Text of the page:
--deps SYSTEM            Load dependencies of SYSTEM, but not SYSTEM
--swank [PORT]           Start swank on the given port, or default port
--quit                   Quit (only meaningful for load-lisp)
--batch                  Process arguments normally, then quit
                         (default behaviour for compile-lisp).

--main FUNCTION          Set FUNCTION to be the toplevel function when
                         saving a core (use with --save option)

--save CORE              Save current lisp to CORE (and die)

--save-exe CORE          Save an executable core to CORE
                          - The user init-file is not loaded by this
                            core at startup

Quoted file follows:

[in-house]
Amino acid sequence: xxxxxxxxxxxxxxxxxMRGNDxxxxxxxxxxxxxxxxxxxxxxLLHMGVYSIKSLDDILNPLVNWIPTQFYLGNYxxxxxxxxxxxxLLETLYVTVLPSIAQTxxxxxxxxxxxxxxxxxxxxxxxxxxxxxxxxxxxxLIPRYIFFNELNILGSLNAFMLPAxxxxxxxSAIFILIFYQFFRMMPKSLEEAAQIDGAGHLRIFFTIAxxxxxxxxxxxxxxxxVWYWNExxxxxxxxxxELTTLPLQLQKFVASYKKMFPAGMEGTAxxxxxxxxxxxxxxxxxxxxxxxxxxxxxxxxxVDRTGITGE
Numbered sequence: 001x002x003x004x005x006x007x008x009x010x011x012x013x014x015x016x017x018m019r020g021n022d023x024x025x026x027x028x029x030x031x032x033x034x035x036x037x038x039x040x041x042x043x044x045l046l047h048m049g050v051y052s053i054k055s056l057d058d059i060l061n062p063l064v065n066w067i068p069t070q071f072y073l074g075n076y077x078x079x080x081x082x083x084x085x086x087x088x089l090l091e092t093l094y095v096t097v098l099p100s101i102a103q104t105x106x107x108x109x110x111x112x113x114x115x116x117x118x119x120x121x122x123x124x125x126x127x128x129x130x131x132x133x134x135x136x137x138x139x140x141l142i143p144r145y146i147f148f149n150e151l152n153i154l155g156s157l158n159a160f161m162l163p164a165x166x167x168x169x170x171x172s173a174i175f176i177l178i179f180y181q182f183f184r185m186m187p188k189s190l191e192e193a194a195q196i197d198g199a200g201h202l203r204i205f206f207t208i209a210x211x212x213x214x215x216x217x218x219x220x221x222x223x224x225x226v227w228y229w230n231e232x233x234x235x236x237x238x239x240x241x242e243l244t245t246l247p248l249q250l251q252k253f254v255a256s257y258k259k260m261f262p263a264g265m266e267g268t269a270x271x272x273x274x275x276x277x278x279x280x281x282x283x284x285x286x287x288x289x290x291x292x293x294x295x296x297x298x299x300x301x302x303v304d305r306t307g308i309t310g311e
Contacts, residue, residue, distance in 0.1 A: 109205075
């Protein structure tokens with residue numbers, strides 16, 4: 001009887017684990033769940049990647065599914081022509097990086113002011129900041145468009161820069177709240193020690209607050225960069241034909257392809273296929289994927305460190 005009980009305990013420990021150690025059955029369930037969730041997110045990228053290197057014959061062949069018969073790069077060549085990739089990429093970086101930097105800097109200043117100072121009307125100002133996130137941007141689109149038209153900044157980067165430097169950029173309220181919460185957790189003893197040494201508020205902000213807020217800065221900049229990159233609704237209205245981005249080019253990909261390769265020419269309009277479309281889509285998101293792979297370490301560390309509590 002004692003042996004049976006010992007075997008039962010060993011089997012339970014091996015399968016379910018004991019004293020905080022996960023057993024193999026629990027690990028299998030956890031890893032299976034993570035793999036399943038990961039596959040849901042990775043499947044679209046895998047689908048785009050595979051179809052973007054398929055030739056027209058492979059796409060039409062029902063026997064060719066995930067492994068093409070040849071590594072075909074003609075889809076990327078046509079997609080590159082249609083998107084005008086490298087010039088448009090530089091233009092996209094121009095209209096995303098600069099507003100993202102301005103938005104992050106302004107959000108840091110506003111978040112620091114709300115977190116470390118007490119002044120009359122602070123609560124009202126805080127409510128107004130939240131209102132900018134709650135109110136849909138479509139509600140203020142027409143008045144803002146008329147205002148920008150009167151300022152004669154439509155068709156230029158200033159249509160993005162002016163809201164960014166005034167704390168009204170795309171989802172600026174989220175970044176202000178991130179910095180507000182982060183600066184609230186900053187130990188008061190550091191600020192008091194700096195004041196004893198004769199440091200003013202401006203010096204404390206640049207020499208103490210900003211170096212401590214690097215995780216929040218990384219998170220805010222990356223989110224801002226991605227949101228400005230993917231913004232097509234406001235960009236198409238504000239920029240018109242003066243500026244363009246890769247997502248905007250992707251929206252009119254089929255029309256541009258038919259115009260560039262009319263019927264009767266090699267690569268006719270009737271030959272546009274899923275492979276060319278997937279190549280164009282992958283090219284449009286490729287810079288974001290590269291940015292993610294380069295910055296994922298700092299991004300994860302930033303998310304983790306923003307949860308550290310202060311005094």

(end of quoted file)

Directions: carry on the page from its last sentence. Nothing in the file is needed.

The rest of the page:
- The debugger is disabled

                         Tip: combine this option with
                         "--install --main quit"

                         NOTE: Any options given *after* either --save
                         or --save-exe are saved and processed in the
                         newly created core's init hook instead.


--install                Install the load-lisp argument handler code
                         into a core being saved.  The core will be
                         able to process all the flags documented
                         here on its own.

---ANYLISPSYMBOL [ARG]   Funcall the lisp symbol ANYLISPSYMBOL with
                         the string argument ARG (note the three
                         dashes).  If ARG starts with "-" then it is
                         ignored.  (use a backslash, like '\-...' to
                         prevent this)


So called 'apply-flags' are also supported.  Each flag contains one or
more spec characters followed by a lisp function name.

Valid spec characters are:

- r: read-from-string
- f: funcall the function with the flag argument
- a: apply the function to the flag argument